Read Aloud

I teach Middle School, grades 6 and 7,  in a pretty low socioeconomic area and I wanted to read aloud to the kids.  I found one series that they kids are excited about.  It is by Sharon Draper-The Hazelwood High trilogy.  My students identify with the character's life experiences and are enjoying Forged By Fire

It was important for me to find something they would be interested in for the first read aloud.  I started mid year and we are almost done with one of the books.  The kids beg to be read to, but we have such little time in a period that I read to them only on Friday's. Now that the read aloud is going well, I am rethinking reading the whole series.  Yes, the kids identify with the characters experiences, attitudes  and even the feelings, but reading allows me to experience things that I could never imagine. I know that some of my kids have never experienced being read to (something I can't imagine), but am I shorting my kids by not expanding their horizon's?

  • What are your thoughts about this?
  • What books have you read to your classes?

Thanks for the input!

By jodieo1
Posted on: April 06 2010
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  • chrisSLEMS

    I try to read to my class on a regular basis. It is hard to believe that they haven't been read to, but every time I read to them 1 or 2 students coment on how i read and how noone ever did that for them. I try, when reading aloud, to fit in Popcorn (or Pop up) reading to get the kids involved. The more they read the more animated they become. I, too, wish for more time to do read alouds. Favorite Read alouds: Forged by Fire, Tuck Everlasting, Seedfolks, The Outsiders, Roll of Thunder, Hear my Cry (great for dialect), and Romeo and Juliette

    I have an 8th grader that disrupts the entire class during her independant reading rotation. I started reading her book(s) to her recently during that rotation (she follows along) and it was like waving a magic wand. I truly believe that many of our students have suffered from not being read to in their formative years.


    She might be the prefect student to work on an Audiobook, I have had real success with kids and the audiobooks. I don't know her lexile but, if possible, it may keep her focused and you able to work with all the students in relative peace.

    I agree, the audio books are great for students who want to read but struggle; it is important to frequently monitor a student the first audio book they do, some kids can handle the responsibility more than others.


    Bravo! You're giving the kids such a wonderful gift by reading to them! Don't ever stop! They need to be read to. Some books read better than others, as you know. I actually read Copper Sun by Sharon Draper with my students who are similar to yours in terms of SES and cultural background. They adored the book, even though it was tough to hear sometimes (slavery issues), and they wrote beautiful responses that we shared with Ms. Draper when she visited our school recently. I also love to read books outside of their "comfort zones" just to let them hear how beautiful the written language can be. Some of my favorite read alouds are: Walk Two Moons by Sharon Creech, Missing May by Cynthia Rylant, and Becoming Naomi Leon by Pam Munoz Ryan. Your kids might also like to hear some of the short stories in Walter Dean Myers' collection titled 145th Street Stories. Keep reading and sharing the passion for good books!


    One of my goals each year with my read alouds is to have one of my students become proficient enough at reading aloud that they can go downstairs to the Elementary School and do a read aloud for a second grade class.  I love the look on their faces when they return!  They usually tell the whole class what it was like and relate all the questions asked of them.  Its something they will always remember.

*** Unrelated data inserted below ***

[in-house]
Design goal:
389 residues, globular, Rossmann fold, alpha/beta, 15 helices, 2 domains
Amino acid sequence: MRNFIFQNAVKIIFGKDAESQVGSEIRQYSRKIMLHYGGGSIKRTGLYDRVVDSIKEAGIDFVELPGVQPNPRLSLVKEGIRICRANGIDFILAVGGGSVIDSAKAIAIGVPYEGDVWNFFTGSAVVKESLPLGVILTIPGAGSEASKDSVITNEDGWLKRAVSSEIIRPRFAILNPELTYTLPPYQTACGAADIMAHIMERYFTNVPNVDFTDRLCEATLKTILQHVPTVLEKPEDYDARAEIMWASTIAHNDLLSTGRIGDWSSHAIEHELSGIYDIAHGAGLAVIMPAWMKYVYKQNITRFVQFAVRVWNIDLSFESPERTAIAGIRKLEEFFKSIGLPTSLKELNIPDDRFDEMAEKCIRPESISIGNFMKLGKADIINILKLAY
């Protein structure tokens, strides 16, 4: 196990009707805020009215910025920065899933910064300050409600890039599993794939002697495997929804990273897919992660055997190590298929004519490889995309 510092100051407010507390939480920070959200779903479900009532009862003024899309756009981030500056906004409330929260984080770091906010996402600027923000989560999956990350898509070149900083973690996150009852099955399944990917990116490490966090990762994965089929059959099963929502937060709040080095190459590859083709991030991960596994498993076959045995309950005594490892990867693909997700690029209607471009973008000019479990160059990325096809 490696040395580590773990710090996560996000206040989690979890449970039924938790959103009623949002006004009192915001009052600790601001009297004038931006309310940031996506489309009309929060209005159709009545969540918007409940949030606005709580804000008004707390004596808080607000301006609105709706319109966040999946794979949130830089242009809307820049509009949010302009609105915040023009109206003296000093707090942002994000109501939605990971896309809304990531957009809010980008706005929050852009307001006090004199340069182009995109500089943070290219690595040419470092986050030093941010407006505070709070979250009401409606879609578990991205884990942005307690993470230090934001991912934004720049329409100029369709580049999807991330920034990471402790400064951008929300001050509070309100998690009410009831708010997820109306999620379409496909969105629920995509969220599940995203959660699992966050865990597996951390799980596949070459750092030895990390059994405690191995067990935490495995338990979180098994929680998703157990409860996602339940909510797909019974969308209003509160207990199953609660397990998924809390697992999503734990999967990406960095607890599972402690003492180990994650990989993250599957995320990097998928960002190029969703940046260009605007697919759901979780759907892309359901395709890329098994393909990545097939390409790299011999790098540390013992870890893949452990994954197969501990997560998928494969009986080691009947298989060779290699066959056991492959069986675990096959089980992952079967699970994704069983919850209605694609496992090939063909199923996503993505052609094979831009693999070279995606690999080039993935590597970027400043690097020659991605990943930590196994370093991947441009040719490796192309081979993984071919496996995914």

I,too, love to read aloud to my students. They love the way I act out the scenes as I am reading. One reading strategy to consider is to allow students to participate in Reciprocal Teaching if they are reading the same book in the Independent Reading Rotation. Students can participate in the following roles: Reader Leader, Predictor, Word Watcher, Questioner, and Summarizer. Other roles such as Figurative Language Finder and Clarifier can be added to more advanced readings. Students become the leaders in the group while the teacher facilitates.

    I love the idea of working a Read Aloud into your instruction, this is a "best practice" in reading and also builds community within the classroom. I have heard before that a read aloud needs to take no longer than 2 weeks to complete otherwise you lose student engagement/interest- that has been my only concern as I have tried to incorporate read alouds. I have tried to find more of the popular, modern books that I think kids will be able to discuss with other kids in their grade level. My 8th graders love the Skeleton Creek books. They have online videos that you watch as you read. I also read the 1st 39 clues book to my 6th graders and even though it was not my favorite, they loved it. 7th graders loved reading City of Ember and then along with that the People of Sparks. I try to find books with sequels or authors that have additional books so that they can continue reading these on their own. Great post Jodie! Thanks for the new suggestions of books on the other posts!

    I love read alouds and so do students! There is something magical about oral storytelling and it allows us to model how we interact with books. These books have been successful in my classroom: ~The Watsons Go to Birmingham--1963 ~Sahara Special ~Patricia Polacco books (they are "children's" books but written at a 4-6th grade level and include meaningful topics) ~Esperanza Rising ~Hoot ~The Higher Power of Lucky      

    I read most of the books you listed.  I am going to add ~Sahara Special and~Patricia Polacco's books to my summer reading list.  Thanks for the suggestions.  

    I love to read aloud but find it difficult to fit it into our schedule. I feel that ELL students benefit from hearing the words pronounced clearly and with the correct syllabic stress.  That's one reason I like the Cloze activity in our Workshop studies. Today, we did a class read aloud (to wind down from the TAKS tests)that the students really enjoyed.  They each read a page from their current book. I hope that this activity instills confidence in their reading skills. Thanks for the input on favorite books.  It helps to get opinions from those who have already had successful experiences.